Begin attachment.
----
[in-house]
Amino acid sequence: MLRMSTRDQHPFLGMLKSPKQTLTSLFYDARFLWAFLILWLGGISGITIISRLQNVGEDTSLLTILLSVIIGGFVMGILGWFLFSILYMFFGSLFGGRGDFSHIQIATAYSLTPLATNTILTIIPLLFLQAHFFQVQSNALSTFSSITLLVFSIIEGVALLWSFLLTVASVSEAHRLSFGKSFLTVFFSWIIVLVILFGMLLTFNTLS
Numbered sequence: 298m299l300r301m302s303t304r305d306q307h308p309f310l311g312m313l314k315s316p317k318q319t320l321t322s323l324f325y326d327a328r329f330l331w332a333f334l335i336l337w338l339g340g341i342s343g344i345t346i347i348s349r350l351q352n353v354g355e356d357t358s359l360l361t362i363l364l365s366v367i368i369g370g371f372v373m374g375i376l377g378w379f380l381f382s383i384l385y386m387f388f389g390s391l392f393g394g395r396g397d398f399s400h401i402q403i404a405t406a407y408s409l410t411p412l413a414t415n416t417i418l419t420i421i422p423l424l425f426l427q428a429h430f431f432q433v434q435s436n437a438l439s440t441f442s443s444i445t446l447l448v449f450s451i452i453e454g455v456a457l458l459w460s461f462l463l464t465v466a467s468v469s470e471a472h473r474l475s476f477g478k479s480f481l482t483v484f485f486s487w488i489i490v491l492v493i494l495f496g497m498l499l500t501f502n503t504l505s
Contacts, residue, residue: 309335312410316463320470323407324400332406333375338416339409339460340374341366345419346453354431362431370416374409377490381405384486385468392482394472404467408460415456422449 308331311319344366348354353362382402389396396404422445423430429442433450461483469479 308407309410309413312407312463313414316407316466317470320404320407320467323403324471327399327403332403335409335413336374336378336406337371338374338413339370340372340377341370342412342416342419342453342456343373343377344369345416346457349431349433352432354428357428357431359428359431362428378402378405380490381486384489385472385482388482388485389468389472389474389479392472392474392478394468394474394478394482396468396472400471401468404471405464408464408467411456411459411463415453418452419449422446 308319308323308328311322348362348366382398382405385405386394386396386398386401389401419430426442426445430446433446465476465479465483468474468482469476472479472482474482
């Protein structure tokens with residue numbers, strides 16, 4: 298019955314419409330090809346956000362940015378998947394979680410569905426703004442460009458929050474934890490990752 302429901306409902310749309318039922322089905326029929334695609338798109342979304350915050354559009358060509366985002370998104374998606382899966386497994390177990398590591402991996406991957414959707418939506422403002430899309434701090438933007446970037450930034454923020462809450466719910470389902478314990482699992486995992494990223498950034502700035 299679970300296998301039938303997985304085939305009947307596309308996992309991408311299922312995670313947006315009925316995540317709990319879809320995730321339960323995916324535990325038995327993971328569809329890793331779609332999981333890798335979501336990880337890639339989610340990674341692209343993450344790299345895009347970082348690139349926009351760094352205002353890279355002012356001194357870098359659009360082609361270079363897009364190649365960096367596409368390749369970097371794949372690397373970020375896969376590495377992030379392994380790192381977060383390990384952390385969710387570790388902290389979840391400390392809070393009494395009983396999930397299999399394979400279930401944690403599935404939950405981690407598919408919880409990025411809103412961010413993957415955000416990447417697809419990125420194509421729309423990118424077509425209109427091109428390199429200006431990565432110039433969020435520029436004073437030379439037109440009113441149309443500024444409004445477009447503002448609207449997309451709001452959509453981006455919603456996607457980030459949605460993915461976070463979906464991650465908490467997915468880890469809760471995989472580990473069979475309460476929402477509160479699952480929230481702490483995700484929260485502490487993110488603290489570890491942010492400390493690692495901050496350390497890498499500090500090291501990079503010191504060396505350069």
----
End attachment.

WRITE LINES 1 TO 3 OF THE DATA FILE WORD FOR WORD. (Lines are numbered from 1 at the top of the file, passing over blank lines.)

[in-house]
Amino acid sequence: MLRMSTRDQHPFLGMLKSPKQTLTSLFYDARFLWAFLILWLGGISGITIISRLQNVGEDTSLLTILLSVIIGGFVMGILGWFLFSILYMFFGSLFGGRGDFSHIQIATAYSLTPLATNTILTIIPLLFLQAHFFQVQSNALSTFSSITLLVFSIIEGVALLWSFLLTVASVSEAHRLSFGKSFLTVFFSWIIVLVILFGMLLTFNTLS
Numbered sequence: 298m299l300r301m302s303t304r305d306q307h308p309f310l311g312m313l314k315s316p317k318q319t320l321t322s323l324f325y326d327a328r329f330l331w332a333f334l335i336l337w338l339g340g341i342s343g344i345t346i347i348s349r350l351q352n353v354g355e356d357t358s359l360l361t362i363l364l365s366v367i368i369g370g371f372v373m374g375i376l377g378w379f380l381f382s383i384l385y386m387f388f389g390s391l392f393g394g395r396g397d398f399s400h401i402q403i404a405t406a407y408s409l410t411p412l413a414t415n416t417i418l419t420i421i422p423l424l425f426l427q428a429h430f431f432q433v434q435s436n437a438l439s440t441f442s443s444i445t446l447l448v449f450s451i452i453e454g455v456a457l458l459w460s461f462l463l464t465v466a467s468v469s470e471a472h473r474l475s476f477g478k479s480f481l482t483v484f485f486s487w488i489i490v491l492v493i494l495f496g497m498l499l500t501f502n503t504l505s